Another technique that hotels and airlines have started employing, once they already have a reservation, is a last-minute upgrade. If they have a higher class of seat or room now available (i.e. unfilled), they try to upsell the consumer with an attractive offer to drive even higher revenue. Spas can use similar techniques by having instant upgrades available right in the treatment room. They can have aromatherapy add-ons or hot stones on hand to upgrade a regular massage to a hot stone massage for $25 more. Even if they incentivized their staff with 50 per cent commission on any add-ons portion only, the additional revenue would drop right to the bottom line since the margin was already set as soon as the guest entered the treatment room.
Break out a spreadsheet and do the math. Make a table of your current, typical service mix with the number of services, revenue, margin and related product revenue by hour and service type. Now change the mix by removing some services that don’t drive optimal results (lower margin, longer services, less product revenue drag, etc.) and increasing others that drive optimal results. I believe you may be shocked by how much profit you are leaving on the (spa) table.
As Founder and CEO of ResortSuite, Frank Pitsikalis has led the company’s strategic vision to provide integrated, guest-centric technology for wellness-based hospitality operations. Prior to founding the company in 2000, he worked at top international management consulting firms including Ernst & Young and USoft (Unisys). Frank serves on the Board of Directors and Executive Committee with the International Spa Association (ISPA) and was elected Chairman of the ISPA Foundation in 2015.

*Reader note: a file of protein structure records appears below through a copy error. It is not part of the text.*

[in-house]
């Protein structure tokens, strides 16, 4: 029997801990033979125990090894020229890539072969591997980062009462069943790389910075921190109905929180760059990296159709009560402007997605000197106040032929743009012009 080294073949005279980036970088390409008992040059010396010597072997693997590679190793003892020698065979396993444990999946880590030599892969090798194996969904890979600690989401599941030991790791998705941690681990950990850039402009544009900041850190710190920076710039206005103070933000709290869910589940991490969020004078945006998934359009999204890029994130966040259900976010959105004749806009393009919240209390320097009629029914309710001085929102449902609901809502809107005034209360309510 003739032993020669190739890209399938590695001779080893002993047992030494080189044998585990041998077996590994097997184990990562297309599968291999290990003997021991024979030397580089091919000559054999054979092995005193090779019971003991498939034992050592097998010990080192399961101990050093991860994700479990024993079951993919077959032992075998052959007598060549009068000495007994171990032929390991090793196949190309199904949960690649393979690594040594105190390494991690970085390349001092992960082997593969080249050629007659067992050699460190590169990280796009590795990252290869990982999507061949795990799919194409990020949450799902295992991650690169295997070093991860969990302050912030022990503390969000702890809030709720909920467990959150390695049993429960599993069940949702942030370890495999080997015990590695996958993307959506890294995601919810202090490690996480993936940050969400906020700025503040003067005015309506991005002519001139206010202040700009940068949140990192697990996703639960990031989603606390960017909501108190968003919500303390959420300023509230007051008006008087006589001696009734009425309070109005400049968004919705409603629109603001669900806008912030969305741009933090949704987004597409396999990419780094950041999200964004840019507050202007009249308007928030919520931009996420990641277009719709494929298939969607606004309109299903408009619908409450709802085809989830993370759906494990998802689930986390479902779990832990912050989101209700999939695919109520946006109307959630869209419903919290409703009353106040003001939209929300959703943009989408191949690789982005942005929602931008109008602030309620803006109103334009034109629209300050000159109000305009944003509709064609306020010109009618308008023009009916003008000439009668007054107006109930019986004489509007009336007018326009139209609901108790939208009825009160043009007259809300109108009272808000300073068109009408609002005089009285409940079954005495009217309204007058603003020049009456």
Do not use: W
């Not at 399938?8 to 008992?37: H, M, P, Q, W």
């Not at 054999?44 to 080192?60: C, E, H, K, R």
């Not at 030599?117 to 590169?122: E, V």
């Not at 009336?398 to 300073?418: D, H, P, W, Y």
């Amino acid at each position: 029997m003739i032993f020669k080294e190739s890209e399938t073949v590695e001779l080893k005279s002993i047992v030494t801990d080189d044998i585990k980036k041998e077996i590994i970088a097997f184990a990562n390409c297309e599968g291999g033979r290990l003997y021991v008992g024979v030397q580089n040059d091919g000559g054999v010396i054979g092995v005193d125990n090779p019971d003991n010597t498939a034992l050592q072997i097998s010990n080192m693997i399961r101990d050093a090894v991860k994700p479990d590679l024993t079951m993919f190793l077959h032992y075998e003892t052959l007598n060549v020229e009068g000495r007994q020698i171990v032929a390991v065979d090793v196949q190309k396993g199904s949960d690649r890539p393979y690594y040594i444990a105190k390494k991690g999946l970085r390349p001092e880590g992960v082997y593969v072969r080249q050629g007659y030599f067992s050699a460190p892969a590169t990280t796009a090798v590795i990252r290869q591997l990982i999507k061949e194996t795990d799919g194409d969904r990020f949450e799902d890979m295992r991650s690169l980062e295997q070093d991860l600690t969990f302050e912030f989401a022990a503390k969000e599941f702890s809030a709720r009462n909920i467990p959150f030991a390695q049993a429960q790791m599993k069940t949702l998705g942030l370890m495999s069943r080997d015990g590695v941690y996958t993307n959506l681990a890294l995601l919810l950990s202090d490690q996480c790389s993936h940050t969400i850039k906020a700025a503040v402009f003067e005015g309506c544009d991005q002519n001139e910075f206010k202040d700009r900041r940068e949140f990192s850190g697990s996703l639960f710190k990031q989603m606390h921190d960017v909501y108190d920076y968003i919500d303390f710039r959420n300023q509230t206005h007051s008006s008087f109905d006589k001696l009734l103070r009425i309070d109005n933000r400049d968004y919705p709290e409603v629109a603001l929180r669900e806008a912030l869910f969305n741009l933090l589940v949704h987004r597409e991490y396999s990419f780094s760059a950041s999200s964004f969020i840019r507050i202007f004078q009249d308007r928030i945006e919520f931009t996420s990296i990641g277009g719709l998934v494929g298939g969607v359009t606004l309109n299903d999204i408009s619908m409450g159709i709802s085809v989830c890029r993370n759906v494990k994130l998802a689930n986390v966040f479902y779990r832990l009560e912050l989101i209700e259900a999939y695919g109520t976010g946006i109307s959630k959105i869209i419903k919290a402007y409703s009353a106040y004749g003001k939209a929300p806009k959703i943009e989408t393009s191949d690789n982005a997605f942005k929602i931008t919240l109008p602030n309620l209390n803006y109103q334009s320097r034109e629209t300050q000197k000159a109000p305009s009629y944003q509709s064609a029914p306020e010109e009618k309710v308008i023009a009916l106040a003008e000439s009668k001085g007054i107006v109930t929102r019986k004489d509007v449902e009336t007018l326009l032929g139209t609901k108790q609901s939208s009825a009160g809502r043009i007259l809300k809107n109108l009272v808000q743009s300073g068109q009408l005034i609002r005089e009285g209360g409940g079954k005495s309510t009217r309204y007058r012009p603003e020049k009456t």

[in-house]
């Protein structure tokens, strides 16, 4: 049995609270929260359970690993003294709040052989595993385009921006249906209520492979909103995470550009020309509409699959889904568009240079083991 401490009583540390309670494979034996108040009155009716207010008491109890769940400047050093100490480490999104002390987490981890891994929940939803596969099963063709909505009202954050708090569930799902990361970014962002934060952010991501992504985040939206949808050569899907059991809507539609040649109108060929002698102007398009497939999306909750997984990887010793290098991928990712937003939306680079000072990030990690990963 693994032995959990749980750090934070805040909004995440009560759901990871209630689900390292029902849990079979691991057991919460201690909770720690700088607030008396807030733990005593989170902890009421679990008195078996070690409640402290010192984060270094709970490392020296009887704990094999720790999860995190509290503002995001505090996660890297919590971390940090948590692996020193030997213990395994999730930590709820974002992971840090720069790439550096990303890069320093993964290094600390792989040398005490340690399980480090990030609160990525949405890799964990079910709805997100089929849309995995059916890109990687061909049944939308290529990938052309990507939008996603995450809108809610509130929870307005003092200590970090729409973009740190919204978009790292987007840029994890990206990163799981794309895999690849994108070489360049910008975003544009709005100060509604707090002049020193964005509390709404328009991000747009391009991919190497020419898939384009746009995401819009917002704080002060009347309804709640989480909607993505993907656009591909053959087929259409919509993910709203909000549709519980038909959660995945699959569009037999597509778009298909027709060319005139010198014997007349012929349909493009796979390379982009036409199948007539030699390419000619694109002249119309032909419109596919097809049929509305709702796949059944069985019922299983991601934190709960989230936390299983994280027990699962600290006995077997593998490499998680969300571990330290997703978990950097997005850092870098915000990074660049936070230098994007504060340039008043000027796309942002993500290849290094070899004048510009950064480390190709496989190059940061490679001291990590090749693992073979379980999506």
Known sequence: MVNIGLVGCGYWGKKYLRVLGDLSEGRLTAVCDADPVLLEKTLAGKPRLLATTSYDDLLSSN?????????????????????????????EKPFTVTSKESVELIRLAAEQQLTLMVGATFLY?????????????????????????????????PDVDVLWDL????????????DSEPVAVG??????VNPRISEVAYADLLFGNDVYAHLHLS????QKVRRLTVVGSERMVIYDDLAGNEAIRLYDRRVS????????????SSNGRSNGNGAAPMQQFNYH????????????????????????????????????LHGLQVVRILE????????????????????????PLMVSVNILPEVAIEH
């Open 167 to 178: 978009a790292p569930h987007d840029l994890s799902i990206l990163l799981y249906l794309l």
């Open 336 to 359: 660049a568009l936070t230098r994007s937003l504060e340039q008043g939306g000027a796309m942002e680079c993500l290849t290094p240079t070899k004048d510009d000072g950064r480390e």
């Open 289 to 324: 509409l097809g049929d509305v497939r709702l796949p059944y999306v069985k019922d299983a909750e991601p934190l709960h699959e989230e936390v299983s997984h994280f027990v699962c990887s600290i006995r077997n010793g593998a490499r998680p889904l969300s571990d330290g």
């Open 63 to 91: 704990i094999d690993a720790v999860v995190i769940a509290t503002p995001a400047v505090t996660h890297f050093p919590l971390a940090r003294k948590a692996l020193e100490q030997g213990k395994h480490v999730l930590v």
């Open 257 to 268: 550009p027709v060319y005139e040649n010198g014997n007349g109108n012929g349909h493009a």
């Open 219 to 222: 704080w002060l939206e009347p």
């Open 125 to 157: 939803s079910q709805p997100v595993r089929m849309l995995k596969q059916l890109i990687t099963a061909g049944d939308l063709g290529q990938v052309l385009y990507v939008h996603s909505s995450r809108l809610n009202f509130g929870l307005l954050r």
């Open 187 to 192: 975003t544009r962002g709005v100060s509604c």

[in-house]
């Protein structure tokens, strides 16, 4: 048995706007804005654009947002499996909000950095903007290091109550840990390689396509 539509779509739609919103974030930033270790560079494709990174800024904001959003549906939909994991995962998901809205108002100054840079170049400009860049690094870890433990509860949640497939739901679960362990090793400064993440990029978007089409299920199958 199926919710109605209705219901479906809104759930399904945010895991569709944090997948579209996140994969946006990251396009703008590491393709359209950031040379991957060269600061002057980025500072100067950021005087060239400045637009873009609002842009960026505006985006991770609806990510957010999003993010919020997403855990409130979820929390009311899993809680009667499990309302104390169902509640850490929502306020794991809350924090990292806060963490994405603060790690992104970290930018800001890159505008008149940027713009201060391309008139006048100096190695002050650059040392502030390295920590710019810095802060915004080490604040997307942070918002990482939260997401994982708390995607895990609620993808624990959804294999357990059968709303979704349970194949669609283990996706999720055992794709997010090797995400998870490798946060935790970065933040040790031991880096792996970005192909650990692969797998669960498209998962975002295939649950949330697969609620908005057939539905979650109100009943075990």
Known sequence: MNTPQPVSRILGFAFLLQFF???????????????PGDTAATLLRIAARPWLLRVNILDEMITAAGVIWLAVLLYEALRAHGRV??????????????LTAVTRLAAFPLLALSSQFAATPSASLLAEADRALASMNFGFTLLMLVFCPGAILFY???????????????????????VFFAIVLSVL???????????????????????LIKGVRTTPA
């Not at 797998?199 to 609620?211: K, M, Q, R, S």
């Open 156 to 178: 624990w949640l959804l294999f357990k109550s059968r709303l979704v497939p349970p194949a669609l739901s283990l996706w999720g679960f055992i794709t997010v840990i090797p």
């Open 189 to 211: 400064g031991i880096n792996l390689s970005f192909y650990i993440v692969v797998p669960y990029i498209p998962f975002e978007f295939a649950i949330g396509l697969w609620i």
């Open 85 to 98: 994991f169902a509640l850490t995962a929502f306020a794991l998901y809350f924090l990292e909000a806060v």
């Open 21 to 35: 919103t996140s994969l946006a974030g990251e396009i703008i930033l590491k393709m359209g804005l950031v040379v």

Insight Salon & Spa Software
Insight Salon and Spa Software is an all-in-one system that includes online booking, automated appointment reminders, an inventory management system, payment processing, reporting, and a place to store notes on clients. The software also has the capability to launch marketing campaigns. New feature: New customer loyalty points program. “There’s a lot more customization available for the spa owners to decide how they want to allow their clients to accumulate points and spend their points,” says Eric Chiu. “It’s fully mobile responsive so clients can log in online, book their appointments, check gift card or loyalty point balances, edit their contact information and all that.”
This software is unique in that it is designed to manage large spa operations. The system is set up so that spa managers can access information on multiple spa locations. Book4Time offers software users a variety of ways to bill clients, including using gift cards. New feature: Book4Time recently revamped its online booking experience so that the process is fast and seamless. When clients book a spa appointment online, the system automatically identifies the closest spa location to them. The system will also greet the client by name if they have a profile.
MINDBODY’s software allows spa managers to do everything from managing schedules and online booking to tracking business operations and handling revenues. The software not only allows spa clients to book services online and via mobile devices, spa staff can connect to online bookings via the MINDBODY for business app. This feature allows staff to send email confirmations to clients and take payments on their mobile device, so they are not fixed to the front desk. New feature: The MINDBODY app is a free consumer mobile app that automatically lists spas that use the MINDBODY software. The app makes all the available appointments at a spa easily searchable and bookable by existing and prospective clients.